Wednesday, September 15, 2010

Just The Facts

DFL gubernatorial candidate Mark Dayton presented his economic plan at a public meeting on Monday. Reviews from attendees include:

"Dayton offers facts and logic defending his tax plan"

"… if you value straight talk about what a candidate plans to do, based on facts and logic, DFL guv nominee Mark Dayton demonstrated again today at the Humphrey Institute that he is in a class by himself."

"… if there was an award for the most detailed and fact-based presentation by a candidate, Dayton would have won it"

What a speech for Dayton. He had the crowd enthralled, virtually eating out of his hand. Oh, the logic! The facts! The thrills going up legs! Dayton in 2010, Happy Days Are Here Again.

Not to turn the hose on the bandwagon prematurely, but these swooning endorsements weren’t exactly from a random selection of average voters. In fact, they were from, in order:

-- a headline writer for a liberal web site

-- an ex Star Tribune reporter

-- the Walter F. and Joan Mondale Chair for Political Studies and Director of the Center for the Study of Politics and Governance in the Hubert H. Humphrey Institute

Not exactly a representative sample of the general electorate. If a Democrat candidate can't get breathless praise from the Mondale Chair at the Humphrey Institute, he's really in trouble. (By the way, I love that Mondale/Humphrey branding for an academic at a government run school. It's too subtle though. Maybe amp it up with a new title and announce he sits on the Wellstone Cushion of the Mondale Chair of the Humphrey Institute.)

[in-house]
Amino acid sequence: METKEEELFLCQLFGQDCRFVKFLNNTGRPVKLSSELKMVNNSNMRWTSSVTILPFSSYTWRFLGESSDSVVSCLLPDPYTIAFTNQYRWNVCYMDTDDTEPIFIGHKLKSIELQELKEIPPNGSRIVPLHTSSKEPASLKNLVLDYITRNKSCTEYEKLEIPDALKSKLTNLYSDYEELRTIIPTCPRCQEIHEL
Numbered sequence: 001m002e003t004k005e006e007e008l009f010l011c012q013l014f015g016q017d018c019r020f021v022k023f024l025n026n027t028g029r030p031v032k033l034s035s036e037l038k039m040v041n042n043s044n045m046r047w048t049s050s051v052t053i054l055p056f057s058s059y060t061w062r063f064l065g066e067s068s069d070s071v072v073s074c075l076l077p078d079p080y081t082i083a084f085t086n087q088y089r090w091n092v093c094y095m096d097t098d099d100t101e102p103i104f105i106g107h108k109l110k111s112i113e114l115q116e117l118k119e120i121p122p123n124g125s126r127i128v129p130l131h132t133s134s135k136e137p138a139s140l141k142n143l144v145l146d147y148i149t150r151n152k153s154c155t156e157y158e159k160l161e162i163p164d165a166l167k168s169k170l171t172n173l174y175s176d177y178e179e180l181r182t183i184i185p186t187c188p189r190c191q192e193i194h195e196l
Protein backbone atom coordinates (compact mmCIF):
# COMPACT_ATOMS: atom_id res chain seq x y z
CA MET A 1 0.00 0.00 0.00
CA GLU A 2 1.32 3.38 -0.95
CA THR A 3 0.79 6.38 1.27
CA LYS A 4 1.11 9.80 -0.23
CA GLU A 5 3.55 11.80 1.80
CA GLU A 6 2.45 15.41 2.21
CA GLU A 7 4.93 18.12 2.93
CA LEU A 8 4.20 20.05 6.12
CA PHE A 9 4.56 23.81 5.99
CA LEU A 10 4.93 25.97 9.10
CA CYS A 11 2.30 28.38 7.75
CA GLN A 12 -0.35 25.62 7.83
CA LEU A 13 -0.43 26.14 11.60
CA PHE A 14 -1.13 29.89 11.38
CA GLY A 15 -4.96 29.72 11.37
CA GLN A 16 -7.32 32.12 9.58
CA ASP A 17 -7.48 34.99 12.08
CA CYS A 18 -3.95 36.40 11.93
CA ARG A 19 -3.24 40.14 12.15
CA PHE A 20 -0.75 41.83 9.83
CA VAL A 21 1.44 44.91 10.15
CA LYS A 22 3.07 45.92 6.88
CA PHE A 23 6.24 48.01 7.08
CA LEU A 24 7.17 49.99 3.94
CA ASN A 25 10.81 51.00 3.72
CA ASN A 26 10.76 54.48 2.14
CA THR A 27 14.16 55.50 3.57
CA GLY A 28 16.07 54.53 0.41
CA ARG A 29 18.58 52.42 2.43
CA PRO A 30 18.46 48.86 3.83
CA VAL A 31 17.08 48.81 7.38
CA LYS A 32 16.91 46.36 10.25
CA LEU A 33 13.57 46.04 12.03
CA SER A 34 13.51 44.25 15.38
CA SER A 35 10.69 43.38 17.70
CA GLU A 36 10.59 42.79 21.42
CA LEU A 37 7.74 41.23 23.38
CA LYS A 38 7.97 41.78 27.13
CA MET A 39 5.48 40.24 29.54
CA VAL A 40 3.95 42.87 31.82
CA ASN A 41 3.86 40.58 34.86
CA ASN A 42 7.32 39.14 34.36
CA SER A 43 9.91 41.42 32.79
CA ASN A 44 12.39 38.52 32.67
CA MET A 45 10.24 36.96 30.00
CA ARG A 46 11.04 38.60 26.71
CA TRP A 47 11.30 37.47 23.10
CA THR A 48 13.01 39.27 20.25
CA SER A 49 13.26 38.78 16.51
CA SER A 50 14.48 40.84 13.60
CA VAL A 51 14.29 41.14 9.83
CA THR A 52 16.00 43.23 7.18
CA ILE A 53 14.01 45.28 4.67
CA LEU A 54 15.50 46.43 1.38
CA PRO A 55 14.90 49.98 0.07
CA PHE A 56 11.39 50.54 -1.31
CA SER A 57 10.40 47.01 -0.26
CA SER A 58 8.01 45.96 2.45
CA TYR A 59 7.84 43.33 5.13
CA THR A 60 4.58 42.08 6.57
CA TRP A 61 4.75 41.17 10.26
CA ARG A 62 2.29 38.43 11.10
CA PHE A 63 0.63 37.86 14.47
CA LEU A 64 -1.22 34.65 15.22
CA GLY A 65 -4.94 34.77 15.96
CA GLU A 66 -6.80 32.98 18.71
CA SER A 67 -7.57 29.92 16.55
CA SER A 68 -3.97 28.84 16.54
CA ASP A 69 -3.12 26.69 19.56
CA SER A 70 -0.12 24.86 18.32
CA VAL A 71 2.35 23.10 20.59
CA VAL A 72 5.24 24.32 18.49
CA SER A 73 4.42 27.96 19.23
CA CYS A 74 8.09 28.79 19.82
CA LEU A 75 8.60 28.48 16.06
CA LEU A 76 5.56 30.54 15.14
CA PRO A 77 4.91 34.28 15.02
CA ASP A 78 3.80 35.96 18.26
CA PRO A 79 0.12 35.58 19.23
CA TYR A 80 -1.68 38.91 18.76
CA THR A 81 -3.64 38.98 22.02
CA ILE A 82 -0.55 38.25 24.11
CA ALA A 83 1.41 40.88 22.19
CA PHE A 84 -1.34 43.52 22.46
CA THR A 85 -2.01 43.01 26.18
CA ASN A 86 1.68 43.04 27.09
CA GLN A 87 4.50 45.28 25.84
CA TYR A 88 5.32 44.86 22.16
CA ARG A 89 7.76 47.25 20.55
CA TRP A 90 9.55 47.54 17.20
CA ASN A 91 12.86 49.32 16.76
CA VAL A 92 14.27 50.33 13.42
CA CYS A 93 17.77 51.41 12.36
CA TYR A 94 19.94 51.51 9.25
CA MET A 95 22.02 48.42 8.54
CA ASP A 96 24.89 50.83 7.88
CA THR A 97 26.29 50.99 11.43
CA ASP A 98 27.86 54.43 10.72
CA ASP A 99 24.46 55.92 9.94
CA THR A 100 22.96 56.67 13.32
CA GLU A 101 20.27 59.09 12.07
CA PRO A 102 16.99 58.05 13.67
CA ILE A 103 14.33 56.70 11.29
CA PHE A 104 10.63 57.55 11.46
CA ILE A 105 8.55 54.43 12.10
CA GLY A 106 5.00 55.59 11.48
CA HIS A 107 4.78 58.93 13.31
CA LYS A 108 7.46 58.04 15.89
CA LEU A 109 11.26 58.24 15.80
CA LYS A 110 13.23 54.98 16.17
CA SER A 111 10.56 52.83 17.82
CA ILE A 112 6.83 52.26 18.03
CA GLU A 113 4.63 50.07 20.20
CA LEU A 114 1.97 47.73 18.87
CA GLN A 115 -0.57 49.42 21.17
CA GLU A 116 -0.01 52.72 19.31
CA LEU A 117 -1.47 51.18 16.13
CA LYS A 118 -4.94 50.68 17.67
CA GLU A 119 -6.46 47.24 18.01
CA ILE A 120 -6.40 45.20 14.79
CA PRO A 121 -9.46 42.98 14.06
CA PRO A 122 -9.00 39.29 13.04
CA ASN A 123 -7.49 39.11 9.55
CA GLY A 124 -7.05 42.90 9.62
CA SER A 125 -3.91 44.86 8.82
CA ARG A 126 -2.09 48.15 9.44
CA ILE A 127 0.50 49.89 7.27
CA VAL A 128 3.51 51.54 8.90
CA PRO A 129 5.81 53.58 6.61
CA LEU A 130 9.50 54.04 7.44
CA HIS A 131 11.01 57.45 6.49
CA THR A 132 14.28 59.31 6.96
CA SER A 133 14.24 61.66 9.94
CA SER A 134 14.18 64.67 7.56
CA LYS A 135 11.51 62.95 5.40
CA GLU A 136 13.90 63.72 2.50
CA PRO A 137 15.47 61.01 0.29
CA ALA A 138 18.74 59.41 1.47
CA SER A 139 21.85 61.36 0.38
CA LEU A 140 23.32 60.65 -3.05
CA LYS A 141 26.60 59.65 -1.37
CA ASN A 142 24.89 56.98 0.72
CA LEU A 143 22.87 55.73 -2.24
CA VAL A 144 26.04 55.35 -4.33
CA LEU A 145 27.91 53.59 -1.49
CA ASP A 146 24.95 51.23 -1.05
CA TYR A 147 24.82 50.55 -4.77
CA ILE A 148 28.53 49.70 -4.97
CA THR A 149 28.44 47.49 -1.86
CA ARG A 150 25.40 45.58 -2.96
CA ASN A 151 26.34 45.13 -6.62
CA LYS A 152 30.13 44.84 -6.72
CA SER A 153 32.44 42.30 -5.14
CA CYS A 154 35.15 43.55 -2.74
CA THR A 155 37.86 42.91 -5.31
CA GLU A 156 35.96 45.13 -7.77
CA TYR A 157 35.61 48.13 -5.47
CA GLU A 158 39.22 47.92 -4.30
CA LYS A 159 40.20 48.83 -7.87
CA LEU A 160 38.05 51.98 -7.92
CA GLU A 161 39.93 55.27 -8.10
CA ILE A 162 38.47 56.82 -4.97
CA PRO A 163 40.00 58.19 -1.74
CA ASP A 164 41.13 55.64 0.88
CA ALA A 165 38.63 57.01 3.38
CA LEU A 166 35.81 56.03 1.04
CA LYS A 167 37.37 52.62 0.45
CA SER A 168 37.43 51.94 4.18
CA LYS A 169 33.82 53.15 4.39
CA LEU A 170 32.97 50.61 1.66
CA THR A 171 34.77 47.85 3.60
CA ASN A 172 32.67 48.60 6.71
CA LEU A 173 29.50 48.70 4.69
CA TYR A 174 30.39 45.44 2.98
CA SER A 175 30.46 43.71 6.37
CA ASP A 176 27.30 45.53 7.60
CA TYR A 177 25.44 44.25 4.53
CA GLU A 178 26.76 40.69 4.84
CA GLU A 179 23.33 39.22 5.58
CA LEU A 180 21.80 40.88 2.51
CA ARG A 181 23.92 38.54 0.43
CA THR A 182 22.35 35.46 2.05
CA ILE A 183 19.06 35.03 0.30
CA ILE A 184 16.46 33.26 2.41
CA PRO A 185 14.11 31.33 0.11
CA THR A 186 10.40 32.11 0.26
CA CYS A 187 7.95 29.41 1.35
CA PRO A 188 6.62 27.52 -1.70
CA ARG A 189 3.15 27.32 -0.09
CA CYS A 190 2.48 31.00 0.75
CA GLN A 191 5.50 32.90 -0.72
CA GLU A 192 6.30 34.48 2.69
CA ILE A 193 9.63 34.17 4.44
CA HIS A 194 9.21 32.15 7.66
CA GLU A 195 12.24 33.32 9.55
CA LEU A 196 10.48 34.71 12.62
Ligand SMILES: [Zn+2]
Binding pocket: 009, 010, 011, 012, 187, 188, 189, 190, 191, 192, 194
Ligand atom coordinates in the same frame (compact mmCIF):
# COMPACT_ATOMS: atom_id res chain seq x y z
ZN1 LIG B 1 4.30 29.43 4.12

Alas, the thrill of Dayton's speech has proven to be short lived. On Tuesday, while the amazing facts and logic of Mark Dayton were still triumphantly ringing in the ears of adoring partisans, the MN Department of Revenue rendered its judgment on the same presentation.

A state Department of Revenue analysis of DFLer Mark Dayton’s so-called "Tax the Rich" proposal to add tax brackets for high-income earners showed Tuesday that the gubernatorial candidate’s plan would raise roughly half of what he had hoped to get to help solve Minnesota’s $6 billion budget deficit.
Suggested topic for the next Mondale Chair led seminar at the Humphrey Institute: Can a logical and factual budget that comes up roughly 50% short of its designated goal be described as either logical or factual? Discuss!

Not to worry though, the Dayton campaign has a plan B:

Katharine Tinucci, a Dayton spokesperson, said the analysis showed "that more work is needed to identify additional sources of revenues" and said the campaign was "taking suggestions" on making cuts to erase the state budget deficit.

In other words, anybody out there got some facts and logic to spare for Mark Dayton?